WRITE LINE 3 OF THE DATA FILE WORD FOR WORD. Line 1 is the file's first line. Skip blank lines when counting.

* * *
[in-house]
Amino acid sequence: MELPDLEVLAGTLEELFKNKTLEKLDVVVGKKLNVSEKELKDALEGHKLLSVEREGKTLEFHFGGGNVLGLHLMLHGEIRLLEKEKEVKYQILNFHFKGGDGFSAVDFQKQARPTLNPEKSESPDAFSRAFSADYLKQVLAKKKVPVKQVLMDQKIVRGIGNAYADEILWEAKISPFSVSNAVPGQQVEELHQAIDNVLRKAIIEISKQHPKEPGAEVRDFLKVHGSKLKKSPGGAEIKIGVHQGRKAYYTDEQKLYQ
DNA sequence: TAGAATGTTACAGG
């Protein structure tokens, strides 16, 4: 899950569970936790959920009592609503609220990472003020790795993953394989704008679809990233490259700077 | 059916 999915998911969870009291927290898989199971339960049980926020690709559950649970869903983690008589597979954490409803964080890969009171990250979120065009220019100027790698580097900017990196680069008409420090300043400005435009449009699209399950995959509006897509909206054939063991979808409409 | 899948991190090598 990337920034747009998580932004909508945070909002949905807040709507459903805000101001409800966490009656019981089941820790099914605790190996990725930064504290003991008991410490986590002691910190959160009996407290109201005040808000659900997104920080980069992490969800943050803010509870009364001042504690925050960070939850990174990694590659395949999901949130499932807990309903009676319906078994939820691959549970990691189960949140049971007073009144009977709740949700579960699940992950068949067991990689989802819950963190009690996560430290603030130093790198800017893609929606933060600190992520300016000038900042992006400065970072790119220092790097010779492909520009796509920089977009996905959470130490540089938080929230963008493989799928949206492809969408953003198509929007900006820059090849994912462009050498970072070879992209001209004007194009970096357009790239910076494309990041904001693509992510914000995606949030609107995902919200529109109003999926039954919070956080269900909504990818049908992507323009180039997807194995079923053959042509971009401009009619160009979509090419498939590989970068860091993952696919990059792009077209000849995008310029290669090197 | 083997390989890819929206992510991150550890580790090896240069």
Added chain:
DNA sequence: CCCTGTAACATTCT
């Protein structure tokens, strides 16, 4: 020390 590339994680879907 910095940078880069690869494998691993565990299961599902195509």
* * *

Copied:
DNA sequence: TAGAATGTTACAGG